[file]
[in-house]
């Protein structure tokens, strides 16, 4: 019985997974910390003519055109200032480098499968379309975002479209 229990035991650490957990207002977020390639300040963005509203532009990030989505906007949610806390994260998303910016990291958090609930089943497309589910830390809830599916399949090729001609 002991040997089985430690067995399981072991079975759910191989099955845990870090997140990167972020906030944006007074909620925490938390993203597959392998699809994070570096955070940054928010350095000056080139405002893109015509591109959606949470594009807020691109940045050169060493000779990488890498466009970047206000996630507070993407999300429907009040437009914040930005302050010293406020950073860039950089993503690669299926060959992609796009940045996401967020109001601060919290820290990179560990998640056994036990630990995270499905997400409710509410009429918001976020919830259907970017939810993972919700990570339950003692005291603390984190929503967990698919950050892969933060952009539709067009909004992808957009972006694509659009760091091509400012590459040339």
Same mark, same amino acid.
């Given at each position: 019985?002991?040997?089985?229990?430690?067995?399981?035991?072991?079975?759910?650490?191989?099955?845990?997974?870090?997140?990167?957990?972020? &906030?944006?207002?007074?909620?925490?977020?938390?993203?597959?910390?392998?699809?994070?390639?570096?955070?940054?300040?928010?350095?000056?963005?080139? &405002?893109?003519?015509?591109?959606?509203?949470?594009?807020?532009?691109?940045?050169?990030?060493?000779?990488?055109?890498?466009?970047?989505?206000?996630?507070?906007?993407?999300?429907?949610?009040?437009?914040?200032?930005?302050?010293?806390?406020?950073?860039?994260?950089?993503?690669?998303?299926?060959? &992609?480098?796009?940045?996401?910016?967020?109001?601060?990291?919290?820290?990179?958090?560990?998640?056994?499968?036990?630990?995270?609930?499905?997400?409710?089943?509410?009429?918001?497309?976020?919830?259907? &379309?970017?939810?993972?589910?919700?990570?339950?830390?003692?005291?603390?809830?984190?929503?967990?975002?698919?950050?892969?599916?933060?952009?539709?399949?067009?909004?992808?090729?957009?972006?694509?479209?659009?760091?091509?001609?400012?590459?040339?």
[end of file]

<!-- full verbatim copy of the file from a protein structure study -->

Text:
[in-house]
């Protein structure tokens, strides 16, 4: 019985997974910390003519055109200032480098499968379309975002479209 229990035991650490957990207002977020390639300040963005509203532009990030989505906007949610806390994260998303910016990291958090609930089943497309589910830390809830599916399949090729001609 002991040997089985430690067995399981072991079975759910191989099955845990870090997140990167972020906030944006007074909620925490938390993203597959392998699809994070570096955070940054928010350095000056080139405002893109015509591109959606949470594009807020691109940045050169060493000779990488890498466009970047206000996630507070993407999300429907009040437009914040930005302050010293406020950073860039950089993503690669299926060959992609796009940045996401967020109001601060919290820290990179560990998640056994036990630990995270499905997400409710509410009429918001976020919830259907970017939810993972919700990570339950003692005291603390984190929503967990698919950050892969933060952009539709067009909004992808957009972006694509659009760091091509400012590459040339």
Same mark, same amino acid.
């Given at each position: 019985?002991?040997?089985?229990?430690?067995?399981?035991?072991?079975?759910?650490?191989?099955?845990?997974?870090?997140?990167?957990?972020? &906030?944006?207002?007074?909620?925490?977020?938390?993203?597959?910390?392998?699809?994070?390639?570096?955070?940054?300040?928010?350095?000056?963005?080139? &405002?893109?003519?015509?591109?959606?509203?949470?594009?807020?532009?691109?940045?050169?990030?060493?000779?990488?055109?890498?466009?970047?989505?206000?996630?507070?906007?993407?999300?429907?949610?009040?437009?914040?200032?930005?302050?010293?806390?406020?950073?860039?994260?950089?993503?690669?998303?299926?060959? &992609?480098?796009?940045?996401?910016?967020?109001?601060?990291?919290?820290?990179?958090?560990?998640?056994?499968?036990?630990?995270?609930?499905?997400?409710?089943?509410?009429?918001?497309?976020?919830?259907? &379309?970017?939810?993972?589910?919700?990570?339950?830390?003692?005291?603390?809830?984190?929503?967990?975002?698919?950050?892969?599916?933060?952009?539709?399949?067009?909004?992808?090729?957009?972006?694509?479209?659009?760091?091509?001609?400012?590459?040339?």